Where Is It Headed?

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Can Germany's Social Democrat Party, the SPD, still be passionate? In Great Britain, the wrinkled Labour boss Jeremy Corbyn managed to become the star of a new generation of left-wing voters. In the U.S. primaries, thousands of young Americans celebrated Democrat contender Bernie Sanders, when he spoke of his ideas for a more just world. Both succeeded in achieving what Sigmar Gabriel's party has long ceased to do: to combine politics with emotion, with themes close to the heart and with enthusiasm.

At first, the SPD looked cluelessly at Corbyn and Sanders. Now party leaders have found a subject they can get passionate about: How to move forward with Russia? This question is set to shape the federal elections in 2017 because of the Syria and Ukraine conflicts, and because of the rising anxiety among many Germans that the crises on Europe's outer borders could spread to the Continent's center. According to a recent survey, a third of Germans fear another war with Russia.

That's why in the coming elections the Social Democrats want to position themselves as the "peace party." That means "no" to new sanctions against Russia, "no" to a heightened conflict with Vladimir Putin, and "yes" to further talks. In this way, the party aims to differentiate itself from Chancellor Angela Merkel and her Christian Democratic Union (CDU). That the Social Democrats could attract angry pro-Putin citizens from the left and the right is part of the plan. But they don't want to get caught playing this double game.

The test phase to find out which Russian tone of voice best suits the party faithful has already begun. A few weeks ago, SPD members received an email from the party chair, with the subject "Dialog instead of arms races." It contained the electronic signatures of Vice Chancellor Sigmar Gabriel and Foreign Minister Frank-Walter Steinmeier and welcomed feedback.

Both condemned the Crimean annexation, calling it a violation of human rights, although they spread the blame astonishingly equally between Moscow and the West. "The old ghost of bloc confrontation seems to have reawakened," they wrote. "Old enemy clichés, long thought dead, are being stoked up again, unfortunately on both sides."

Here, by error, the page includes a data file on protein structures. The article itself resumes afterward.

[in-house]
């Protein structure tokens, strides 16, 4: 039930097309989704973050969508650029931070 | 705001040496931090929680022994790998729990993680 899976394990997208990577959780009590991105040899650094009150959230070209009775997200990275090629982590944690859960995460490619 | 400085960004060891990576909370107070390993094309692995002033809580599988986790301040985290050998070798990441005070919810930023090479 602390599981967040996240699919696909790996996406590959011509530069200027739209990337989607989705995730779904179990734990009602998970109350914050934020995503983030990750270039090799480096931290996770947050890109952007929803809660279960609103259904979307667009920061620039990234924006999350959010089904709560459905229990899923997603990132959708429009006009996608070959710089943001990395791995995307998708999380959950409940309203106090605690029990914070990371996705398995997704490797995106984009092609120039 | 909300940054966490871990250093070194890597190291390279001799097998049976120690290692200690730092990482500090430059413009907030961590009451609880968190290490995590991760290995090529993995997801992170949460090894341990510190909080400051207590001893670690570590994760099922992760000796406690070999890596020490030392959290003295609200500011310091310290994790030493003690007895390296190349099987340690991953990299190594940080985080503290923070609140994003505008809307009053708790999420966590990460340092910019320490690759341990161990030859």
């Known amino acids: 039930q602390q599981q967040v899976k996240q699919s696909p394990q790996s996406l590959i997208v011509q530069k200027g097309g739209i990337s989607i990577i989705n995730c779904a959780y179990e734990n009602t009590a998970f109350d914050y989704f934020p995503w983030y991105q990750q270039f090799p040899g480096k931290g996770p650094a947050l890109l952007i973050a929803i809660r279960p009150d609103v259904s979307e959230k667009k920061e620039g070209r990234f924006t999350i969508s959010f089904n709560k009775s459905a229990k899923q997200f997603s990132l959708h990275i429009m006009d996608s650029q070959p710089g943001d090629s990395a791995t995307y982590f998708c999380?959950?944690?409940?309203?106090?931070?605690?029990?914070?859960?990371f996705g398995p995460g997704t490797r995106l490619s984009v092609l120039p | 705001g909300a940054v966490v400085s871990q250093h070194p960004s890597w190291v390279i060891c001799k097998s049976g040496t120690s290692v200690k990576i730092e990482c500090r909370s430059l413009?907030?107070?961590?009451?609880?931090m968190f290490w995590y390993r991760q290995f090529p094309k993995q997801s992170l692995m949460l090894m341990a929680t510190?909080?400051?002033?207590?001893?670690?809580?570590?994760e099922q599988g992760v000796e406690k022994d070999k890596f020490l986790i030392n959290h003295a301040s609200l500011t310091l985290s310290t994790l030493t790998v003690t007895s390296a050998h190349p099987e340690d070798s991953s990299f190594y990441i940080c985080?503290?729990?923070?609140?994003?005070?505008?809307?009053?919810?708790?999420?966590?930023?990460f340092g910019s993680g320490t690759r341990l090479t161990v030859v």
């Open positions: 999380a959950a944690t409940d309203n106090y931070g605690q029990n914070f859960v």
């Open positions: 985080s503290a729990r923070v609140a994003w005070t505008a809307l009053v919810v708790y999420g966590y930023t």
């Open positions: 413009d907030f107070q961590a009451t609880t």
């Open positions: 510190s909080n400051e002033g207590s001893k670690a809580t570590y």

Even the email’s closing sounded if the party were already using the vocabulary of 2017. The party leaders reminded members of the Ostpolitik under SPD Chancellor Willy Brandt. They wrote that no other party has supported German-Russian relations in a similar way, and that the party has been criticized for that. "Back then, we didn't allow ourselves to be diverted from our course, nor will we allow that to happen today," the email stated– a line right out of the box of template Social Democratic campaign speeches.

Indeed, one sees in the SPD leadership the seductive side of a friendlier relationship with Russia. We know peace; the others don't. Nothing, it is said, motivates party members more in an election campaign than conviction. From the point of view of leading Social Democrats, party history also speaks in favor of a policy more understanding of Russia. Core voters would buy it as the natural continuation of Willy Brandt's Ostpolitik. And wouldn’t foreign minister Steinmeier, a leading SPD member, be perfectly positioned to express the party's untiring readiness for a dialog with Putin's Russia? One just needs to sharpen the entire message for the elections, party insiders say.

The strategy could go down well with the party base, due to an ugly phenomenon that is well-known in the SPD but reluctantly discussed: Many party members harbor strong anti-Americanism. A move closer to Moscow is not a break with but an affirmation of their political worldview. On this point, some Social Democrats are hard to distinguish from followers of the Left Party, or from the far-right AfD.

"A new policy of détente that eases tensions and concentrates on peace in Europe should be among our five big election platforms," says SPD party vice chairman Ralf Stegner. He is willing to say what many SPD strategists have long thought and indeed planned in the party’s Berlin headquarters in the Willy-Brandt-Haus, but no one other than Stegner is willing to be mentioned by name.